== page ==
A new chip could bring robots out of the lab and into the real world, according to Phys.
A team of researchers led by George Konidaris and Daniel Sorin claim that they will be able to speed up robots to the point where they can leave the lab and specially designed factories and deal with the messy real world.
“When you think about a car assembly line, the entire environment is carefully controlled so that the robots can blindly repeat the same movements over and over again,” said George Konidaris, assistant professor of computer science and electrical and computer engineering at Duke. “The car parts are in exactly the same place every time, and the robots are contained within cages so that humans don’t wander past. But if your robot is using motion planning in real time and a part is in a different place, or there’s some unexpected clutter, or a human walks by, it’ll do the right thing.”
The Duke Robotics group at Duke University will present the paper “Robot Motion Planning on a Chip” at the RSS 2016 conference. The researchers describe how they can speed up motion planning by three orders of magnitude while using 20 times less power. They achieved this by using a custom processor they developed, rather than using general purpose CPUs and GPUs.
“Sometimes described as the ‘piano mover’s problem,’ motion planning refers to the challenge of dealing with scenarios by working out which movements to make. It’s something that humans pick up instinctively at a very young age, but which is extremely tough for a robot.”
— The Real BrianPiercy (@brianpiercy) June 24, 2016
Current robotics technology uses chips much like the one found in your computer to plan the motion of robots. This is very slow, even when done on high end computer chips.
“The state of the art prior to our work used high-performance, commodity graphics processors that consume 200 to 300 watts,” said Konidaris. “And even then, it was taking hundreds of milliseconds, or even as much as a second, to find a plan. We’re at less than a millisecond, and less than 10 watts. Even if we weren’t faster, the power savings alone will add up in factories with thousands, or even millions, of robots.”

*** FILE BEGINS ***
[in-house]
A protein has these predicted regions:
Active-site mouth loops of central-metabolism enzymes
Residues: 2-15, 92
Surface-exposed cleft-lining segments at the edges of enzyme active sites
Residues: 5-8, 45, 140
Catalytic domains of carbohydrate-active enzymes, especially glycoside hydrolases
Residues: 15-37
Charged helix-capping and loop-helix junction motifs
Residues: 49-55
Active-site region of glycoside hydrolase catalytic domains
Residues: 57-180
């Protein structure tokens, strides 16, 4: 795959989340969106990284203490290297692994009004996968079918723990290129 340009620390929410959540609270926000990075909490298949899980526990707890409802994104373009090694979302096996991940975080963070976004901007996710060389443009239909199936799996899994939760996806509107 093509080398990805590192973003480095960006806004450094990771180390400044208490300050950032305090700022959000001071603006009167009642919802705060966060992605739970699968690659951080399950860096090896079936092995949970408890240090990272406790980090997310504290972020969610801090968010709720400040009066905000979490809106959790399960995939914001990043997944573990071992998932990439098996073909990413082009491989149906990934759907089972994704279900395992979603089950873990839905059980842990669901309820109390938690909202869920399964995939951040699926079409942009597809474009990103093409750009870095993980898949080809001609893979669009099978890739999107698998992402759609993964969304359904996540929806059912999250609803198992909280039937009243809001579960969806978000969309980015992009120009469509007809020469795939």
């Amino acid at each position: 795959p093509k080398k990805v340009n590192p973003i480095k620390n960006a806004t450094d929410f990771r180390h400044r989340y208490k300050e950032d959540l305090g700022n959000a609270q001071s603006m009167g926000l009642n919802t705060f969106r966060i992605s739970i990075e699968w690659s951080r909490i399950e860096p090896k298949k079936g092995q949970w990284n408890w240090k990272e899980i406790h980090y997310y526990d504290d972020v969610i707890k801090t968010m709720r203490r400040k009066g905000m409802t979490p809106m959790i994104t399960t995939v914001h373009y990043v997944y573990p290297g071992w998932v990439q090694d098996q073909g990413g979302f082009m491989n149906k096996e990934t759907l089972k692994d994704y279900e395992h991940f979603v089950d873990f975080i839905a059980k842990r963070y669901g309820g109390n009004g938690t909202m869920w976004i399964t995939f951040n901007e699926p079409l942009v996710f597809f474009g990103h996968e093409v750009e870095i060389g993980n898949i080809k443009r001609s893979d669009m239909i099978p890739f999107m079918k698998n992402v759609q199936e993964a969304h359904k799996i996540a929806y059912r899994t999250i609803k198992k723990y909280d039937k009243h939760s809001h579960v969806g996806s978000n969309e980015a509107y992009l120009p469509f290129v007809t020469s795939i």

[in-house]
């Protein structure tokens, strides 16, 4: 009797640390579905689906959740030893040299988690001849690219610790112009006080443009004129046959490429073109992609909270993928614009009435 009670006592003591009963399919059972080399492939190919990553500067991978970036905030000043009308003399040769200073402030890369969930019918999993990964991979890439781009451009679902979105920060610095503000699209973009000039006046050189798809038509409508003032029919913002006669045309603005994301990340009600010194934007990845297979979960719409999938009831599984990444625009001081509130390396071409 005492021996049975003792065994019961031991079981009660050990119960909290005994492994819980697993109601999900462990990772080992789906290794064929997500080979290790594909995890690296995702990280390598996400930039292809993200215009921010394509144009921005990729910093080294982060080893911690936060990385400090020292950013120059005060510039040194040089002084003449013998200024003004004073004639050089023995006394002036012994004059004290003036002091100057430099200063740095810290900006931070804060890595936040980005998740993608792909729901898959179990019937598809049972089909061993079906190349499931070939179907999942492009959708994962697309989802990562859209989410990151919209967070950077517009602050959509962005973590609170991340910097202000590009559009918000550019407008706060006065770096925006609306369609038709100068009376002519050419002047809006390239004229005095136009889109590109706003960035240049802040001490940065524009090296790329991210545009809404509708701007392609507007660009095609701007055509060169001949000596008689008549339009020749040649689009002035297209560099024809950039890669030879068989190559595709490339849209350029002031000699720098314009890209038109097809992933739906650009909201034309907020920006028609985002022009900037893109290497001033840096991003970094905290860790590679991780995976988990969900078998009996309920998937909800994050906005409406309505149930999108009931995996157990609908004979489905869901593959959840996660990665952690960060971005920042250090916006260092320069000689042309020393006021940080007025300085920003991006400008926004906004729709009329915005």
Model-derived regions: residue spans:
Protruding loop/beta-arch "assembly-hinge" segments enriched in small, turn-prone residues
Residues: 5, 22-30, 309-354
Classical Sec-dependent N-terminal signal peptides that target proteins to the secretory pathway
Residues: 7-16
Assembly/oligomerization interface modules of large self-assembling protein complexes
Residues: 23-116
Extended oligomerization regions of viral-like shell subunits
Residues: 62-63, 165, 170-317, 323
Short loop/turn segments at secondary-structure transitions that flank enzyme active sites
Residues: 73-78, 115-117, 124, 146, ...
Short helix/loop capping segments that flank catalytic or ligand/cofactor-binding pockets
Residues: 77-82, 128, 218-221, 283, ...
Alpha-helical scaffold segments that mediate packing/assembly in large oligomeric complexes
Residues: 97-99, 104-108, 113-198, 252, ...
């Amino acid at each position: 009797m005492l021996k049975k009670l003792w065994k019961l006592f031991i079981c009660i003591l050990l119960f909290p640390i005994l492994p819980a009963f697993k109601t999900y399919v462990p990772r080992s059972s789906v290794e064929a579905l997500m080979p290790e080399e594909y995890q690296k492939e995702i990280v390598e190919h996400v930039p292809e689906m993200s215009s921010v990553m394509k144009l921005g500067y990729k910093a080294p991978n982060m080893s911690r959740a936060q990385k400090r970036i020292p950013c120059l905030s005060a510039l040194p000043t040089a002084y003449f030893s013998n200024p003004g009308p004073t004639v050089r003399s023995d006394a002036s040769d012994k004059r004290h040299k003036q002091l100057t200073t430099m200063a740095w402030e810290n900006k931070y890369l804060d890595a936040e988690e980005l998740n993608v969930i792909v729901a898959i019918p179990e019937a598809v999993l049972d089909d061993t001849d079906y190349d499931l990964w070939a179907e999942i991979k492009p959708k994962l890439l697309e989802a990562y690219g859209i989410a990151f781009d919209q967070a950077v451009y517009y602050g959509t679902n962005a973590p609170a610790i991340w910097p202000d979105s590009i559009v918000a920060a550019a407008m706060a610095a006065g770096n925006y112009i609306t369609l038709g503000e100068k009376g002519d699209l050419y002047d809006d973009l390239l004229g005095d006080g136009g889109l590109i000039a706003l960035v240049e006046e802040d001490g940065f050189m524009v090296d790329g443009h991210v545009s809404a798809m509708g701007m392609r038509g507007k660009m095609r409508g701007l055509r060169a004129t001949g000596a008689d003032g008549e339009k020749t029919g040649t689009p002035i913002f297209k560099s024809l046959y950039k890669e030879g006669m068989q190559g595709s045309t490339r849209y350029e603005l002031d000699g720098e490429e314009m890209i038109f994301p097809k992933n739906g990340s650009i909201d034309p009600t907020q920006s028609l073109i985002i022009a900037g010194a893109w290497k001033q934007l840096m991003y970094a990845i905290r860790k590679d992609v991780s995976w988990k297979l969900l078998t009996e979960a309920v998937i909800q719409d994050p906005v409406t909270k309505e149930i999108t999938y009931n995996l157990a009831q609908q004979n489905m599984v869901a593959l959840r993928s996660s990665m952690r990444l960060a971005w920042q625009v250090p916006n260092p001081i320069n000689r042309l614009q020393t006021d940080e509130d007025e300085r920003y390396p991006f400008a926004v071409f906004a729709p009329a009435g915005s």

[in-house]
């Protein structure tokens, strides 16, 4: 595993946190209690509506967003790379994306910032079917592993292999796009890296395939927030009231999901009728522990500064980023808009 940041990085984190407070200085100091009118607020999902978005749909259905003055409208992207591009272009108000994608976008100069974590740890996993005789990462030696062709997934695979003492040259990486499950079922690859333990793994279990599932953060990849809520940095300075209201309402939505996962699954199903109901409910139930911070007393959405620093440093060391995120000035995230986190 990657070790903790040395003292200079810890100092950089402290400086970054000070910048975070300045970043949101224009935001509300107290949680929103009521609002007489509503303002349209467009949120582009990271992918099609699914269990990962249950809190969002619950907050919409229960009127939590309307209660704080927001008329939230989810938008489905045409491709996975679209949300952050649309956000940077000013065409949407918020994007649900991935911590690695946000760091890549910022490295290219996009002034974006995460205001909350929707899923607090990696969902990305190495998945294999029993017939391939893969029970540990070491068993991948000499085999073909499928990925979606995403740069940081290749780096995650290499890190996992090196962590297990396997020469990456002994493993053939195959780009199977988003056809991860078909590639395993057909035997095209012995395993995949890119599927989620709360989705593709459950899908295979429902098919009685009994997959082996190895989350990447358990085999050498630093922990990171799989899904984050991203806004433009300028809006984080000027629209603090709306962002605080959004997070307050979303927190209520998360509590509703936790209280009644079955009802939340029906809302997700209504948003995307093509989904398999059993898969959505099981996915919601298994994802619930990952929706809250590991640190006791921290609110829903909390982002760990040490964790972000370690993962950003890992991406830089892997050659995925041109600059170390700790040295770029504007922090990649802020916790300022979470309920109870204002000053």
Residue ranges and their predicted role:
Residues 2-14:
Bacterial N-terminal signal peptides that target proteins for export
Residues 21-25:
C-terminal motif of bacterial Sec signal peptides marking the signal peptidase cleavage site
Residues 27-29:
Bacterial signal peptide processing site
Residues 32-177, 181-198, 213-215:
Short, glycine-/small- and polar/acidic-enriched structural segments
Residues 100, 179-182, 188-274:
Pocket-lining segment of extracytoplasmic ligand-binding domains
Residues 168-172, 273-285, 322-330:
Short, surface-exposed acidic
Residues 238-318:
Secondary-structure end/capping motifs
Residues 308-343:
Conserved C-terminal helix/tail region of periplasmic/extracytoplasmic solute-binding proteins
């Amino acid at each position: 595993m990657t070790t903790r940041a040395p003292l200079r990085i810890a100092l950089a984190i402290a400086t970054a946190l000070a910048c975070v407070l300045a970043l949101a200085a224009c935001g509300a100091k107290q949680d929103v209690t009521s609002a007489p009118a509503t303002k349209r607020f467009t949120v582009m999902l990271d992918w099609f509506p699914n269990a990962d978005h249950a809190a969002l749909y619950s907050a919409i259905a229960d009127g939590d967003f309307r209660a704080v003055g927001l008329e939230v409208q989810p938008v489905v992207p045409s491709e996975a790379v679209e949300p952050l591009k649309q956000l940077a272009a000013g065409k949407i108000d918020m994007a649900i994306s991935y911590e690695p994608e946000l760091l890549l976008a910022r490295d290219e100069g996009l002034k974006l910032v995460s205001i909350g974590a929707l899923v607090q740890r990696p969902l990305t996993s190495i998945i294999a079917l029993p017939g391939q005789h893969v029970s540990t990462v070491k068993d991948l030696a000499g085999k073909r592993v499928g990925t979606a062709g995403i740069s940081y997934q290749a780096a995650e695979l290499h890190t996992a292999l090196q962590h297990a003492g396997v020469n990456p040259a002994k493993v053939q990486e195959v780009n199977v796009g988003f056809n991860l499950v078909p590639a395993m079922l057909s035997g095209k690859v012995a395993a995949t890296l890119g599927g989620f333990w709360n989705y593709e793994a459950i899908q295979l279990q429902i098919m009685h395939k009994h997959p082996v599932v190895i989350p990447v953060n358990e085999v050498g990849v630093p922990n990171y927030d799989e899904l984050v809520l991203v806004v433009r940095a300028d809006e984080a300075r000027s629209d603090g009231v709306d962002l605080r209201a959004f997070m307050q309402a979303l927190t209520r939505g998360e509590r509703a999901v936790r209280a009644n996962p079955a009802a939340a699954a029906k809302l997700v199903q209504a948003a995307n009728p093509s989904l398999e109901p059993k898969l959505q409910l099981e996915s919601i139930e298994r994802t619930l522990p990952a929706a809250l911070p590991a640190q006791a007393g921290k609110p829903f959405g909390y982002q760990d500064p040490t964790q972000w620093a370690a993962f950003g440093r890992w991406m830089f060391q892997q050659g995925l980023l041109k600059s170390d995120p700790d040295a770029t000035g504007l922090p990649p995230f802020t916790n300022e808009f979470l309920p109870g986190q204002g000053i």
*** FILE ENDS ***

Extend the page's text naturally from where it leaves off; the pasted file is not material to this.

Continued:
The reduction in power demands also means that the technology is ripe for miniaturization.
Counter-intuitively, it is the simple problems in robotics that are hard, while the hard problems are easy. The first computer system to do integral calculus was already completely designed and working in 1969, as described in a paper by University of California researcher Maxwell Rosenlicht. However, when it comes to mastering movement in 3D space, robots can still be outperformed by an average three year old, according to Digital Trends.
— SciTech Digest (@SciTechDigest) June 26, 2016
“Human brains have evolved to be very good at some hard computational problems. Planning may seem like a simple 3D problem, but actually the robot must find a sequence of joint positions for every joint in its arm — so if it has an arm with 7 joints it is searching for a 7-dimensional path.”
The new chip solves this nearly-intractable problem by separating space into voxels, 3D versions of the more familiar pixels. The chip then marks some voxels as forbidden if there is an object in them and stops the robot from moving into those voxels. Finally, the chip picks the most efficient path from the remaining safe options.
The chip is designed such that the path can be recalculated just as easily if an obstacle, like a human, moves into the newly planned path of the robot. It can quite easily recalculate the path to avoid anything moving at everyday speeds.
“While a general-purpose CPU is good at many tasks, it cannot compete with a processor specially designed for just a single task.”
— Automaton (@AutomatonBlog) June 21, 2016
[Photo by Matt Cardy/Getty Images]